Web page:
3. Foreign Buyers. Strikes me as a bit xenophobic. I've seen some suggestions that our rate of immigration has been relatively low through all of this.
  4. Drugs. Some have said that drugs are a bigger industry in BC than forestry--and that's saying a lot. There may be thousands of undiscovered grow-ops, as well.
  5. Real Estate Religion. This is mostly my idea: it's basically psychology. I have never lived anywhere that has had as much talk and press about real estate. It's become an obsession.
  6. Low Interest Rates. This seems to have revived or extended the boom.
  7. Mom and Dad. Inherited money, property passed on.
  8. There are more, I am sure. Maybe it all adds up.

    For some more information, see the 5th Annual Demographia International Housing Affordability Survey. It suggests that Vancouver was at an 8.4 multiplier. I've heard higher values.

Vancouver Real Estate

This is great, George. I've been tracking Vancouver real estate obsessively for a few years. We really miscalculated when we moved back here in late 1999; it was in retrospect an amazing buying opportunity--I thought that with the downturn (dot com bubble etc.) we were going to go in the opposite direction.

But now, Vancouver is astronomically expensive. The multiplier of median income to median home price is somewhere around 11, which is several percentage points higher than New York City! Totally insane. I've been following several real estate blogs here, for example The Greatest Real Estate Anywhere!, by a local realtor, and Greater Fool, by a former Member of Parliament. The consensus among real estate "bears" was, until recently, that we'd be about two years behind the U.S. downturn. And in fact, last year prices started to fall. But this year, there seems to have been a turnaround, spurred mostly by extremely low interest rates--we're currently pre-approved at 3.7%, and could do better--and though all the data is still not in, it seems that there has been a rebound after a correction of about 10-12%, depending on area.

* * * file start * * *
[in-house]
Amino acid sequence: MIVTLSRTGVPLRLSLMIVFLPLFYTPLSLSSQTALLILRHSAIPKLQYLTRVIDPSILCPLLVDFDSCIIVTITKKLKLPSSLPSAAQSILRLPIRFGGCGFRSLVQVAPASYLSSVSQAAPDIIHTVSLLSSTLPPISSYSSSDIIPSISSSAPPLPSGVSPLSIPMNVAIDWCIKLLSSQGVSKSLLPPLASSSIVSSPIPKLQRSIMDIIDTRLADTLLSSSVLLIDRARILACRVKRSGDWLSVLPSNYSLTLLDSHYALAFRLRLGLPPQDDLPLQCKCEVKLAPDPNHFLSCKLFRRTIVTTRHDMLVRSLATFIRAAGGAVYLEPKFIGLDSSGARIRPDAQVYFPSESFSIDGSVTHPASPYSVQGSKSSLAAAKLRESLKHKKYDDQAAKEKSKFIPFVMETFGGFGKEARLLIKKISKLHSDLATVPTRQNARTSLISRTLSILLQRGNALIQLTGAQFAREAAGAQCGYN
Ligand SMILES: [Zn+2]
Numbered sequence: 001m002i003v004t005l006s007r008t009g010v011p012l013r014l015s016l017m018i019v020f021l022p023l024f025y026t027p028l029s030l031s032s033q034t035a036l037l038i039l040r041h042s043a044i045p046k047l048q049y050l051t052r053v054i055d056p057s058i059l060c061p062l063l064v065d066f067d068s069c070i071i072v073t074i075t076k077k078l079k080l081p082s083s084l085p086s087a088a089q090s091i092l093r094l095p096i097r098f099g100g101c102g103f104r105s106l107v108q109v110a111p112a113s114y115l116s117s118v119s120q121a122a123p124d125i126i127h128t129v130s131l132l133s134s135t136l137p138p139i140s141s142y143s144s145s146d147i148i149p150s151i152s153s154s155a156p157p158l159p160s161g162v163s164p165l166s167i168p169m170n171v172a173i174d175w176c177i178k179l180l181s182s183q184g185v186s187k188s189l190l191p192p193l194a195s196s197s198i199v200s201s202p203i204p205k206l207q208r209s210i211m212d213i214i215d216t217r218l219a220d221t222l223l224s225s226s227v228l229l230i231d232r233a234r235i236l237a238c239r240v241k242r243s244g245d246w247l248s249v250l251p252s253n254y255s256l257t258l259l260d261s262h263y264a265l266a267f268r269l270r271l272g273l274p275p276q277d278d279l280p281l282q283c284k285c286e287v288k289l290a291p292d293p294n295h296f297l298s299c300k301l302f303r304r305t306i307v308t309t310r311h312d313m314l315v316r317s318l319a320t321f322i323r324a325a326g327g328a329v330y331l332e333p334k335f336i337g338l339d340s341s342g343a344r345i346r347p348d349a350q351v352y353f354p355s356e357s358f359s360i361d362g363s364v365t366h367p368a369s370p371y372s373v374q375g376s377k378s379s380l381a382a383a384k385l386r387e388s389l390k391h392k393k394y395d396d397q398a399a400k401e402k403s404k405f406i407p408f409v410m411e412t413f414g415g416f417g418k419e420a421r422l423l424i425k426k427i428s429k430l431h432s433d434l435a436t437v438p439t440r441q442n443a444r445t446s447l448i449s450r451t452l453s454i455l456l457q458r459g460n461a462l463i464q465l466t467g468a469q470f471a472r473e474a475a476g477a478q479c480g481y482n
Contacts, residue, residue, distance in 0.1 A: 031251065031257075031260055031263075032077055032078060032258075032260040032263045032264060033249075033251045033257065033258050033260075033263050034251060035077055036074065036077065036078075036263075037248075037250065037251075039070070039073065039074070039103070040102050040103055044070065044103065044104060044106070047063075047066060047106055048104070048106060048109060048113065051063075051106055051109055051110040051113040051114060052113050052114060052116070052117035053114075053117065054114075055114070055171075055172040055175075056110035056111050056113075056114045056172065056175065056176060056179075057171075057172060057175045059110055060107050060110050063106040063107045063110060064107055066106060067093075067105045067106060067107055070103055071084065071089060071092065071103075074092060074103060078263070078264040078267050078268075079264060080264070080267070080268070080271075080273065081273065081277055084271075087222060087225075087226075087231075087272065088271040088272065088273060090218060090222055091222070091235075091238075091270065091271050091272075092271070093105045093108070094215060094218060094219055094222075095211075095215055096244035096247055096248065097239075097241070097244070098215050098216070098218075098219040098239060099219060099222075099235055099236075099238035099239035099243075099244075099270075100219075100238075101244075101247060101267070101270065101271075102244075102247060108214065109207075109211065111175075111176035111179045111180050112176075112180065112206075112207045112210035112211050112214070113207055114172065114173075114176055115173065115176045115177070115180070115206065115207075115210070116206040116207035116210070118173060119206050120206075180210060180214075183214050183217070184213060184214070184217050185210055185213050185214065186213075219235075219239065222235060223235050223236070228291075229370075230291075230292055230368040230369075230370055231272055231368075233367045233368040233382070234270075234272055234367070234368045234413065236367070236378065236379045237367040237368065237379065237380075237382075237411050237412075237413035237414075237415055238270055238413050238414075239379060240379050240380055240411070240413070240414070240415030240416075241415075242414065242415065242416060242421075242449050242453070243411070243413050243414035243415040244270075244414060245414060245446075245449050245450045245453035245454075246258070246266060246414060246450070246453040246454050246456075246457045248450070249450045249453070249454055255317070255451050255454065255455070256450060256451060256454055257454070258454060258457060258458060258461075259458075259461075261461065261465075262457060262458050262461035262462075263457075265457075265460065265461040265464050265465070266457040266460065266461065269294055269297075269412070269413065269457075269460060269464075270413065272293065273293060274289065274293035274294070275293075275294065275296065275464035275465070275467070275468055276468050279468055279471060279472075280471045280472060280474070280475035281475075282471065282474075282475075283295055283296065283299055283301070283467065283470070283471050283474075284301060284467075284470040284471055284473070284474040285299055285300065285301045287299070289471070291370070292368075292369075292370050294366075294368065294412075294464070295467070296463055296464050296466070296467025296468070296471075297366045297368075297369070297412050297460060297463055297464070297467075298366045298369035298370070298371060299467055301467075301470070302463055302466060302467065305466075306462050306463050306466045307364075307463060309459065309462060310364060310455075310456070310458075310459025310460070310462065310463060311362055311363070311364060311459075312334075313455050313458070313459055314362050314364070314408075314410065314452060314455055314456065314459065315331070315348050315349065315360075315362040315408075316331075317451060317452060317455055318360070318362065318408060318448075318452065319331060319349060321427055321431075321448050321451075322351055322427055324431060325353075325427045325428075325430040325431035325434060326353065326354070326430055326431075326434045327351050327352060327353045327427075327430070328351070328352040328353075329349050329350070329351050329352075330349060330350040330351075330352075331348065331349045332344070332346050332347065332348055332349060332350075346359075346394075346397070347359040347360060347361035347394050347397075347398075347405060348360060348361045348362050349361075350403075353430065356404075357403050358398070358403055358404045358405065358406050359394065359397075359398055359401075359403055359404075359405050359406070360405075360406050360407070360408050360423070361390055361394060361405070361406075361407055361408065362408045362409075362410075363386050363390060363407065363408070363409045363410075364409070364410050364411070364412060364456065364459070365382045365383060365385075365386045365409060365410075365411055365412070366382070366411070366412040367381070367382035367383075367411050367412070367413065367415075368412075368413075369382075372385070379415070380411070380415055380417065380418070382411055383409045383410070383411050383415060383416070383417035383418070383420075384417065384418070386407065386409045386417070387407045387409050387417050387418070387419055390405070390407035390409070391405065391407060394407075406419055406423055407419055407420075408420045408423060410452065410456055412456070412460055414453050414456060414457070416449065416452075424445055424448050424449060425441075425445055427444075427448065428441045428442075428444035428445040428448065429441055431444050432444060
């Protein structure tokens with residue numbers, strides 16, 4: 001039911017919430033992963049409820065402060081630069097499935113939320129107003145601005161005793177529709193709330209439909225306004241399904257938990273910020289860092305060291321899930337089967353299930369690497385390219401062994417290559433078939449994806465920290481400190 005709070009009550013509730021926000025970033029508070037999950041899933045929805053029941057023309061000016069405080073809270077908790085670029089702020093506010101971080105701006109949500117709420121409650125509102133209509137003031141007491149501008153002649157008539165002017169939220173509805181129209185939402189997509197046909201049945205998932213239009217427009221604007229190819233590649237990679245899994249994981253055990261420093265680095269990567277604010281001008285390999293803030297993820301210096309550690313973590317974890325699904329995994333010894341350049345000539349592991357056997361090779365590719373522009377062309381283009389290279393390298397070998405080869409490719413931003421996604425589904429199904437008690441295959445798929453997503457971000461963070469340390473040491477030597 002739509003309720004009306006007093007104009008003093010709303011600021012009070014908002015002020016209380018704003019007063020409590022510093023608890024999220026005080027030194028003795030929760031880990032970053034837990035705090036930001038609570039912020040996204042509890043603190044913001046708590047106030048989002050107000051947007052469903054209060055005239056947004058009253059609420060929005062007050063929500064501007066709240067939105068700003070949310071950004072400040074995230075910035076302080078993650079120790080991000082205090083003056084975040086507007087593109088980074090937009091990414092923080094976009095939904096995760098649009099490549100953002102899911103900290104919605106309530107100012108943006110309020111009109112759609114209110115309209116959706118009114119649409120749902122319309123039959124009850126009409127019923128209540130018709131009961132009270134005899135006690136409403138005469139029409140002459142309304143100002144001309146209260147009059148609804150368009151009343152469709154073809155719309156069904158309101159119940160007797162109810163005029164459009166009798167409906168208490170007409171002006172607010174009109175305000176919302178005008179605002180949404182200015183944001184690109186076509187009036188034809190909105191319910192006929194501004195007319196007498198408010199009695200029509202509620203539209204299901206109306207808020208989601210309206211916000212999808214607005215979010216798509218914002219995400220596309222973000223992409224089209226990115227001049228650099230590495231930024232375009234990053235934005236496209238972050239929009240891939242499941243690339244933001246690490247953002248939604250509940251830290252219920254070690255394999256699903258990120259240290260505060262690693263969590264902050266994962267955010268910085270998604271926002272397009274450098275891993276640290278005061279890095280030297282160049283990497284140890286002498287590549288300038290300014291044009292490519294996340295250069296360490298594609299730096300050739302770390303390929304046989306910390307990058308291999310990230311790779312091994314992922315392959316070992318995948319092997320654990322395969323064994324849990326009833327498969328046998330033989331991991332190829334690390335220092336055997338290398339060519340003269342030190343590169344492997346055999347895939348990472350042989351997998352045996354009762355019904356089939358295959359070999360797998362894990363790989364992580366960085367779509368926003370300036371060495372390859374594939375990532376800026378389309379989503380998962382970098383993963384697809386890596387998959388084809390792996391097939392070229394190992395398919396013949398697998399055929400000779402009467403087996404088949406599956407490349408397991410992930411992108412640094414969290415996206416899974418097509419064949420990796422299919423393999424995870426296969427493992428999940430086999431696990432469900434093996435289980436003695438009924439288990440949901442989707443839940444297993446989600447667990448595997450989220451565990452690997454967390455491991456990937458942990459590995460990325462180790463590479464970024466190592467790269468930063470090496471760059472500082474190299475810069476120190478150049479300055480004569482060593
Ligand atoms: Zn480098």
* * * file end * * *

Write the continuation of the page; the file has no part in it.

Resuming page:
So now the question is whether we'll actually have a crash. Garth Turner (Greater Fool blog, above), is still adamant that we will. But right now we really can't afford anything decent: we're essentially priced out even with a household income that's about double the Vancouver median. People are spending north of 70% of their income on housing here, which we're just not willing to do: if (no, when) interest rates go up a couple of percentage points, there are going to be a lot of people hurting at mortgage renegotiation time.